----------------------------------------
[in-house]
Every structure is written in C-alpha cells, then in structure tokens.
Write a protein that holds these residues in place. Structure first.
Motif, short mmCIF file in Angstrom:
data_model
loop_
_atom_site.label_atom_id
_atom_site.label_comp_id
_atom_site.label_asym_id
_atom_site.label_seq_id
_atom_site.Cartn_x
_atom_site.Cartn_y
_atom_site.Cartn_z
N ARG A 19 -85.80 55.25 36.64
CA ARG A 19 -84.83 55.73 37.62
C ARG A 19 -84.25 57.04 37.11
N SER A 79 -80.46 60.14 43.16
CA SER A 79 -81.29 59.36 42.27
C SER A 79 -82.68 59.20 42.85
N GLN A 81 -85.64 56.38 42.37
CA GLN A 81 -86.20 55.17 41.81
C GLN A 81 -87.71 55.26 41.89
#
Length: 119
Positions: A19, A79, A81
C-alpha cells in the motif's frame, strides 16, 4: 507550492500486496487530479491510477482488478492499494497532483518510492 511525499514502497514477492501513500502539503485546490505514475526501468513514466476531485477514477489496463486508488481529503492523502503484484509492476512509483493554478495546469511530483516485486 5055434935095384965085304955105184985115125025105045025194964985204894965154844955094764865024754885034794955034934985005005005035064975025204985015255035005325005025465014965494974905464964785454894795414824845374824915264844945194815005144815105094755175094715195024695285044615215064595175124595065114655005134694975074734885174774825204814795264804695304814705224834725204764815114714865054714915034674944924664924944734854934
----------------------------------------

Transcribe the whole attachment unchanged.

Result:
[in-house]
Every structure is written in C-alpha cells, then in structure tokens.
Write a protein that holds these residues in place. Structure first.
Motif, short mmCIF file in Angstrom:
data_model
loop_
_atom_site.label_atom_id
_atom_site.label_comp_id
_atom_site.label_asym_id
_atom_site.label_seq_id
_atom_site.Cartn_x
_atom_site.Cartn_y
_atom_site.Cartn_z
N ARG A 19 -85.80 55.25 36.64
CA ARG A 19 -84.83 55.73 37.62
C ARG A 19 -84.25 57.04 37.11
N SER A 79 -80.46 60.14 43.16
CA SER A 79 -81.29 59.36 42.27
C SER A 79 -82.68 59.20 42.85
N GLN A 81 -85.64 56.38 42.37
CA GLN A 81 -86.20 55.17 41.81
C GLN A 81 -87.71 55.26 41.89
#
Length: 119
Positions: A19, A79, A81
C-alpha cells in the motif's frame, strides 16, 4: 507550492500486496487530479491510477482488478492499494497532483518510492 511525499514502497514477492501513500502539503485546490505514475526501468513514466476531485477514477489496463486508488481529503492523502503484484509492476512509483493554478495546469511530483516485486 5055434935095384965085304955105184985115125025105045025194964985204894965154844955094764865024754885034794955034934985005005005035064975025204985015255035005325005025465014965494974905464964785454894795414824845374824915264844945194815005144815105094755175094715195024695285044615215064595175124595065114655005134694975074734885174774825204814795264804695304814705224834725204764815114714865054714915034674944924664924944734854934